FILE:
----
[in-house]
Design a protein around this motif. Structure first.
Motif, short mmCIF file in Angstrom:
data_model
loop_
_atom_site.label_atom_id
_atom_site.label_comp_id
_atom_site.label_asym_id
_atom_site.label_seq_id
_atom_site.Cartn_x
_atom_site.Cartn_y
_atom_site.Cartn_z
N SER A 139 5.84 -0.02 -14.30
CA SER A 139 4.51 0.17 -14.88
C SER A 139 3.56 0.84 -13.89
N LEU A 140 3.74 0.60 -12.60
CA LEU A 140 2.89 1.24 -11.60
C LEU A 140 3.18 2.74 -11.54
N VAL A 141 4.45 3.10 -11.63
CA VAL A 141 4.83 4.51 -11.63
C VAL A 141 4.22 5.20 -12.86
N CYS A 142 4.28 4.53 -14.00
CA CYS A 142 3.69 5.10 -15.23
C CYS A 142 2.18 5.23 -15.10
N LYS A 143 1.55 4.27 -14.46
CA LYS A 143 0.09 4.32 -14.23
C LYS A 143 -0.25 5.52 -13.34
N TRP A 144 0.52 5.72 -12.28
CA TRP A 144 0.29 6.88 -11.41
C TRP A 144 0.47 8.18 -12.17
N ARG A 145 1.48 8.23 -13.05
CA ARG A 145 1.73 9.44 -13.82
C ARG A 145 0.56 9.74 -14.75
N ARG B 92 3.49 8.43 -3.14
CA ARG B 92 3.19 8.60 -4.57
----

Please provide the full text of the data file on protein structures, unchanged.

[in-house]
Design a protein around this motif. Structure first.
Motif, short mmCIF file in Angstrom:
data_model
loop_
_atom_site.label_atom_id
_atom_site.label_comp_id
_atom_site.label_asym_id
_atom_site.label_seq_id
_atom_site.Cartn_x
_atom_site.Cartn_y
_atom_site.Cartn_z
N SER A 139 5.84 -0.02 -14.30
CA SER A 139 4.51 0.17 -14.88
C SER A 139 3.56 0.84 -13.89
N LEU A 140 3.74 0.60 -12.60
CA LEU A 140 2.89 1.24 -11.60
C LEU A 140 3.18 2.74 -11.54
N VAL A 141 4.45 3.10 -11.63
CA VAL A 141 4.83 4.51 -11.63
C VAL A 141 4.22 5.20 -12.86
N CYS A 142 4.28 4.53 -14.00
CA CYS A 142 3.69 5.10 -15.23
C CYS A 142 2.18 5.23 -15.10
N LYS A 143 1.55 4.27 -14.46
CA LYS A 143 0.09 4.32 -14.23
C LYS A 143 -0.25 5.52 -13.34
N TRP A 144 0.52 5.72 -12.28
CA TRP A 144 0.29 6.88 -11.41
C TRP A 144 0.47 8.18 -12.17
N ARG A 145 1.48 8.23 -13.05
CA ARG A 145 1.73 9.44 -13.82
C ARG A 145 0.56 9.74 -14.75
N ARG B 92 3.49 8.43 -3.14
CA ARG B 92 3.19 8.60 -4.57